Council Briefs: Canal Flats rezoning efforts look at Canfor properties

Canfor mill closing date looming, the Village of Canal Flats turned its attention towards rezoning efforts at its council meeting

  • Oct. 20, 2015 1:00 p.m.

Greg Amos

Special to The Valley Echo

 

With the Canfor mill closing date of November 9th looming, the Village of Canal Flats turned its attention towards rezoning efforts at its council meeting on Tuesday, October 13th.

With three large industrial parcels of land owned by Canfor on the southern side of the village, councillors passed a motion to ensure that rezoning recommendations be added to an economic planning report several months in the making (which predates the mill closure announcement).

The upcoming first reading of a rezoning bylaw will now include a lengthy report that will help the village decide if and how to re-classify land that’s now zoned as heavy industrial, light industrial and commercial. Of particular interest is a now-empty log yard that is a frontage parcel near Highway 93/95.

Were that land to be sold, given or otherwise made available to the village in the future, councillors believe a non-specific “comprehensive development” zoning would best attract new development to the area.

“If we have it open like that, we’re inviting entrepreneurship to the village,” said Coun. Marie Delorme, who noted the importance of weighing the pros and cons of going with a development zone, even if it means a longer wait time on the planning report.

Chief administrative officer Brian Woodward noted the village’s municipal golf course already has the “comprehensive development” zoning, allowing it to be re-developed in multiple ways.

“It would probably be in our interest to zone all of the Canfor lands as something that says ‘for development’,” he said.

If, for example, someone bought part of the land near the highway and wished to build a hotel, that zoning would give them an idea what council’s wishes are, he explained.

Coun. Karl Sterzer noted it would be wise to consider an expedited process to help any potential buyers subdivide properties more easily. That could involve lessening the requirements for studies, such as an environmental impact assessment, that are normally required when subdividing a property.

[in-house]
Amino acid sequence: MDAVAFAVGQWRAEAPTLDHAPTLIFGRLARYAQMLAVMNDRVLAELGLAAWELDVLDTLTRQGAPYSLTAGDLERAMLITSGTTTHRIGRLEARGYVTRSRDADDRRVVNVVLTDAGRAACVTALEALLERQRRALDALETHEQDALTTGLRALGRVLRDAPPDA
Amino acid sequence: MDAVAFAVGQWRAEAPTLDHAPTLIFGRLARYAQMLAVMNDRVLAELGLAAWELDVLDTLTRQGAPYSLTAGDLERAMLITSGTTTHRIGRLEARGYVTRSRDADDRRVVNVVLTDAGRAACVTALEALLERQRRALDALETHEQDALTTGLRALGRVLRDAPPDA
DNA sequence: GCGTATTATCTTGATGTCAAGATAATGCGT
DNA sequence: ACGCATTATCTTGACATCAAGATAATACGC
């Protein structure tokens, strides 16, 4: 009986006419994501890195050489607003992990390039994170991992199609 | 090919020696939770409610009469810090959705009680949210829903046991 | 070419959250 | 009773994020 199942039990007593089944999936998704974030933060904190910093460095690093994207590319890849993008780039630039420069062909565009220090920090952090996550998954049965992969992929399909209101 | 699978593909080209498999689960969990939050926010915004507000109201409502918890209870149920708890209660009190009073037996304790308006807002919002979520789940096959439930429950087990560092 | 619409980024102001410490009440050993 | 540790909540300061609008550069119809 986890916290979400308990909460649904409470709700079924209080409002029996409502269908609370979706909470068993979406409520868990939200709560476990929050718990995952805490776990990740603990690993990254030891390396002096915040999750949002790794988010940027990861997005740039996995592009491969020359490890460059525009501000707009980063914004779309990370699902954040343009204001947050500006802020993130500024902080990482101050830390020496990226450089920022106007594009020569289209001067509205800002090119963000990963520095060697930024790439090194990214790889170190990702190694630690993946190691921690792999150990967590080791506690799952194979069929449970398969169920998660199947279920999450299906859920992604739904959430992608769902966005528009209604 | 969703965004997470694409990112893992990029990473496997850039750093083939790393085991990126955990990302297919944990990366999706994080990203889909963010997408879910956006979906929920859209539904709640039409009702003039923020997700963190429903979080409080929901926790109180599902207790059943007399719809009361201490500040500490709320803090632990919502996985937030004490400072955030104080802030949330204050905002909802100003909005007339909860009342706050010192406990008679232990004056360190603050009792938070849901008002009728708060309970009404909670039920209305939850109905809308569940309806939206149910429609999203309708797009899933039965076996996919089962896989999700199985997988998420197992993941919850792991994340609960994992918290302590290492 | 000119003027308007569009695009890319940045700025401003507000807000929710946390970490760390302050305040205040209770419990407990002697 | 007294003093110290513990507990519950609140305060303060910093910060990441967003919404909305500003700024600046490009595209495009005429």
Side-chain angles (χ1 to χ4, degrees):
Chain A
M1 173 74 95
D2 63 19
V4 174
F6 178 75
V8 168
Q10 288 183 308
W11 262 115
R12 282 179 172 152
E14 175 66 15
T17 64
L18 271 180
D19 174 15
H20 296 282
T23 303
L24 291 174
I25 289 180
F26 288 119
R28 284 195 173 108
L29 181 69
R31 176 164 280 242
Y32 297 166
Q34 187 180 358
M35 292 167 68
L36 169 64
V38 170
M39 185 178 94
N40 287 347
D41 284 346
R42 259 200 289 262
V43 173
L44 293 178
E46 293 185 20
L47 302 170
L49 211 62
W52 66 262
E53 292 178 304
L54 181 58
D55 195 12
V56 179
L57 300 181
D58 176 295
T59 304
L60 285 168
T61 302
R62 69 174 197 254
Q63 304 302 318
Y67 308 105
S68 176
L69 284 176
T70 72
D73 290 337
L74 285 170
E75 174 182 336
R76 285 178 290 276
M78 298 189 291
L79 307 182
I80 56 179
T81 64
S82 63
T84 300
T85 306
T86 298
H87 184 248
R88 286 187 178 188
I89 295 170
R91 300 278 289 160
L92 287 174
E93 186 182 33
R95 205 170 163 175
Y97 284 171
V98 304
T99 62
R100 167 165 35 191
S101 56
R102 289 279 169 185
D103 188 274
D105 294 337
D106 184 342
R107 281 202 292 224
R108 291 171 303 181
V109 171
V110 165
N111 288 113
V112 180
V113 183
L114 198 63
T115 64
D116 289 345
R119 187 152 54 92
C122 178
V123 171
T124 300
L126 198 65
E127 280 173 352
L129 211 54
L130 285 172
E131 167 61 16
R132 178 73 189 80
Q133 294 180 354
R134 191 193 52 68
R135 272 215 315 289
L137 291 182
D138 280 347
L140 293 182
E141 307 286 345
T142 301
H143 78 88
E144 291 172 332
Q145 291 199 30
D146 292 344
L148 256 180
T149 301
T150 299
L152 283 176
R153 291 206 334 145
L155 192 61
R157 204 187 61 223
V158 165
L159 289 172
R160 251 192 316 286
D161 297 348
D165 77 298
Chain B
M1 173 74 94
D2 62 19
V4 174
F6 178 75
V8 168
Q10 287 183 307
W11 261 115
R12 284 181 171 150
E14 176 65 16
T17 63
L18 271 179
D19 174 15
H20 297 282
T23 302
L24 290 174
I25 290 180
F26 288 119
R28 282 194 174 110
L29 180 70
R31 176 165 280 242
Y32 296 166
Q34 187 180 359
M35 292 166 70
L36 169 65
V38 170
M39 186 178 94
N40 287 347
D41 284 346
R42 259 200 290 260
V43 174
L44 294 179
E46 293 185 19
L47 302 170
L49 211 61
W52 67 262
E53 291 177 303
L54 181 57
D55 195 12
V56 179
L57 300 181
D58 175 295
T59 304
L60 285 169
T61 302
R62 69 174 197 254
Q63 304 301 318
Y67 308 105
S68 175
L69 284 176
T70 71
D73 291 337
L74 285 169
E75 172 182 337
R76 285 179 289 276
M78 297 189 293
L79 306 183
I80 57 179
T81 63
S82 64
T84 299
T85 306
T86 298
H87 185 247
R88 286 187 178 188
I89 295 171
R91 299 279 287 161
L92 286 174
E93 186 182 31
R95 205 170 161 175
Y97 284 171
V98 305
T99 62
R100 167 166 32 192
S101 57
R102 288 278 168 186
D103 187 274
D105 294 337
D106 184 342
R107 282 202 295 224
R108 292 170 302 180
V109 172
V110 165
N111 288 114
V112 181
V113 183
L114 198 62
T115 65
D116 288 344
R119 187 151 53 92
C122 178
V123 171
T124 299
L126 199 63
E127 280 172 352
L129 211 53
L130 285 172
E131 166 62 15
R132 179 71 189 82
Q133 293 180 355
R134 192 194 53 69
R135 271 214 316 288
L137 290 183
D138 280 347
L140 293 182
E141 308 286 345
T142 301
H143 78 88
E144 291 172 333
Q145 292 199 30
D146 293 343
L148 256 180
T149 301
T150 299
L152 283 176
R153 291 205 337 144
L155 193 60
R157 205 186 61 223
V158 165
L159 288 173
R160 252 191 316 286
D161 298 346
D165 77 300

Eagles Nest water set to flow

Clean, drinkable water should be flowing to homes in the village’s Eagle’s Nest neighbourhood by November  28th, after a lengthy construction period punctuated by several delays.

Coun. Paul Marcil, who chairs the village’s Water System Upgrade Committee, told council that a completion schedule for the project, including installation of a generator, has been obtained and indicates all construction will be done before November 24th. Work on a booster station and water lines will continue this month.

With one day left before late payment penalties would kick in, council approved issuing payment 10 ($159,558 for work completed in August) to water system builder Dawson Construction.

The new water system will be shut down from October 19th through 21st in order to flow a high concentration of chlorine through the taps prior to official approval for the system. (The high-chlorine flow was initially scheduled for the August long weekend, but delayed in order to wait for a time when fewer part-time residents would be affected.)

Coun. Marcil stressed that people need to be made aware that the water will not be potable and will likely harm houseplants. About 30 people are likely to be affected.

Delays on the project were caused in part by low water flows this summer and by the discovery of a potentially significant archeological site, which was subject to further investigation before work could continue.

The new water system involves a modern reservoir in the village’s downtown core (which replaces an older wooden reservoir at the higher elevation Eagle’s Nest neighbourhood) and a 3.2-kilometre pipeline to transport the water to the new development.

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